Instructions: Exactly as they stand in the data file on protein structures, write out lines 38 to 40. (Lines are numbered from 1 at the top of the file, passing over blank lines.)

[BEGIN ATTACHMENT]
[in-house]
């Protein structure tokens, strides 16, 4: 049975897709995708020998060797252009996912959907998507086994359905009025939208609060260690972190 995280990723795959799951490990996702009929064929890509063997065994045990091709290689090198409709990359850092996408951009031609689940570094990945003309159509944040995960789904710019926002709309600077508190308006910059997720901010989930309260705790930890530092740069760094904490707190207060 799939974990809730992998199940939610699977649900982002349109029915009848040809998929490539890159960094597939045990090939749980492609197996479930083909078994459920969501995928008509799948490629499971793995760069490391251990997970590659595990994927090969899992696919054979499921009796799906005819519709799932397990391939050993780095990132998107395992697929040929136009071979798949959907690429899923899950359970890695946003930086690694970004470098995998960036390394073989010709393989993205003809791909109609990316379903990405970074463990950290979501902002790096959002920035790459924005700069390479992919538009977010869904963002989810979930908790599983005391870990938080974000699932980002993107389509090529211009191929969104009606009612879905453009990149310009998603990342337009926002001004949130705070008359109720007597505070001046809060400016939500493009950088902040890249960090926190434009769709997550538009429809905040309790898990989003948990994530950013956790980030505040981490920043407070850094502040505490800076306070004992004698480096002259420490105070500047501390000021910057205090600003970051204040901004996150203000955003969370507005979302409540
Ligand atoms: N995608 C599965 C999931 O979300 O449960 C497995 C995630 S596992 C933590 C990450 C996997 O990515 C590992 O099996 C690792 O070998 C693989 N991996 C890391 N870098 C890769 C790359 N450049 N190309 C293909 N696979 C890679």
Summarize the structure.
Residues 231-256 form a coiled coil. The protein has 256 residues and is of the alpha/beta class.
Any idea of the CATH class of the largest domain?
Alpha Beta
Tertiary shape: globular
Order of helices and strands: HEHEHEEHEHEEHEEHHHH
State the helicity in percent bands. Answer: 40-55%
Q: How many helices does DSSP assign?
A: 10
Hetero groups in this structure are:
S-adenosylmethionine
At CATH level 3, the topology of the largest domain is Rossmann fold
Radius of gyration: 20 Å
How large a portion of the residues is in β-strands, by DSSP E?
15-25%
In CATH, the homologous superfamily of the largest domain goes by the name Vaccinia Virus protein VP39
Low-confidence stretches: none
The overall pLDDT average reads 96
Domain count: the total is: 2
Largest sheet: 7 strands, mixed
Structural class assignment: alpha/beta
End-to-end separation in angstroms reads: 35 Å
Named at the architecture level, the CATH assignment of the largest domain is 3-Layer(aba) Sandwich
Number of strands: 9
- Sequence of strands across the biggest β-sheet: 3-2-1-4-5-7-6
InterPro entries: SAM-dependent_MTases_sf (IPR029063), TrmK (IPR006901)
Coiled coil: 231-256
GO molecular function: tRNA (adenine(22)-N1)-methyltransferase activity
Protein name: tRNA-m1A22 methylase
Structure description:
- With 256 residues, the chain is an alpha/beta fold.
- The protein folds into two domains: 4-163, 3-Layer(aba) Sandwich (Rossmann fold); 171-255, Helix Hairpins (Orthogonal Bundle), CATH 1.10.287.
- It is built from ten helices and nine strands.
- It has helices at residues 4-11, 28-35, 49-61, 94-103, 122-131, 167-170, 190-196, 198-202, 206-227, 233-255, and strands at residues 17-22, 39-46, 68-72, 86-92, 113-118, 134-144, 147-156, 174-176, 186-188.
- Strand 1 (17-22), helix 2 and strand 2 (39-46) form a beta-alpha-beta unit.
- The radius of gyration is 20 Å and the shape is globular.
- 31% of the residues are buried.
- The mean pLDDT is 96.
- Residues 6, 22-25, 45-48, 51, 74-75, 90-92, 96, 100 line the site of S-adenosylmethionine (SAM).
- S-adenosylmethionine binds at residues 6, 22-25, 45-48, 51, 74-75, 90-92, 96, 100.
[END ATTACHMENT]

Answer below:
- Strand 1 (17-22), helix 2 and strand 2 (39-46) form a beta-alpha-beta unit.
- The radius of gyration is 20 Å and the shape is globular.
- 31% of the residues are buried.